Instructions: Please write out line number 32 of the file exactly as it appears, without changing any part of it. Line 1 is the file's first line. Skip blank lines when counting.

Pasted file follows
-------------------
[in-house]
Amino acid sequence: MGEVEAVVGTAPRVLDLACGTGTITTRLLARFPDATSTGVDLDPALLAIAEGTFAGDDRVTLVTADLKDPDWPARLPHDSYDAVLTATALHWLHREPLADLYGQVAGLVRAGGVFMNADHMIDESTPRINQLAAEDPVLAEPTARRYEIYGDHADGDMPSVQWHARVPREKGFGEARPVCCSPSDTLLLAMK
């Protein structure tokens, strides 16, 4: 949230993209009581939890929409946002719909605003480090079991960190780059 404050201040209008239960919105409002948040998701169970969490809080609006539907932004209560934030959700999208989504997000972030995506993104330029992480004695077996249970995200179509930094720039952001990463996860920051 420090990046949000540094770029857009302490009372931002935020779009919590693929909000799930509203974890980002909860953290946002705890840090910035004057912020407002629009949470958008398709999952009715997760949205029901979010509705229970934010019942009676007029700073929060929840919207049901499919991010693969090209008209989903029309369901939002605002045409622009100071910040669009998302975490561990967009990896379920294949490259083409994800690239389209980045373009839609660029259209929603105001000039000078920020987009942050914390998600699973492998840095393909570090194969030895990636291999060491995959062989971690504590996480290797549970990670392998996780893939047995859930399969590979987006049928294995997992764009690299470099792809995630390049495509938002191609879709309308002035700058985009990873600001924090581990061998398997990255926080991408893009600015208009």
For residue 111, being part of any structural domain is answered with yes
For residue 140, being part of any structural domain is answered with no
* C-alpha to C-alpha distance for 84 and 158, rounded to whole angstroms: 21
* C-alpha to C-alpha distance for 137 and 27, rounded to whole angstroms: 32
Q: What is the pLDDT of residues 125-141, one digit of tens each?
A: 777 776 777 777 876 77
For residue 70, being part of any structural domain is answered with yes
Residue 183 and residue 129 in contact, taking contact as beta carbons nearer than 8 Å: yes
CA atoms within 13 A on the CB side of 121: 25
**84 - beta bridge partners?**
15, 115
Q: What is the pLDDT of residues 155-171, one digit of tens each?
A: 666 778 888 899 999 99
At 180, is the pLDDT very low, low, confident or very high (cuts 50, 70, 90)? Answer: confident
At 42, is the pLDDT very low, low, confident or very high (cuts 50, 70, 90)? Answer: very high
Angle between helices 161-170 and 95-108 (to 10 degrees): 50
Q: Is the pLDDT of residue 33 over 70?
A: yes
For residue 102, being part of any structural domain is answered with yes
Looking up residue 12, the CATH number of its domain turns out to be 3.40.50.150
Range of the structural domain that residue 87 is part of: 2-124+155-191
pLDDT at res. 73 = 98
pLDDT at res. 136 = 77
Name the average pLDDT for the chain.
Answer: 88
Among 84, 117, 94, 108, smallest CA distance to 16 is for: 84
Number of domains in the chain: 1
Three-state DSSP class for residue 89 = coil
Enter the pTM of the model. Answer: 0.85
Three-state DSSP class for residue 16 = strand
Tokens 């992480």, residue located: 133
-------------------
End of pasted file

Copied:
Enter the pTM of the model. Answer: 0.85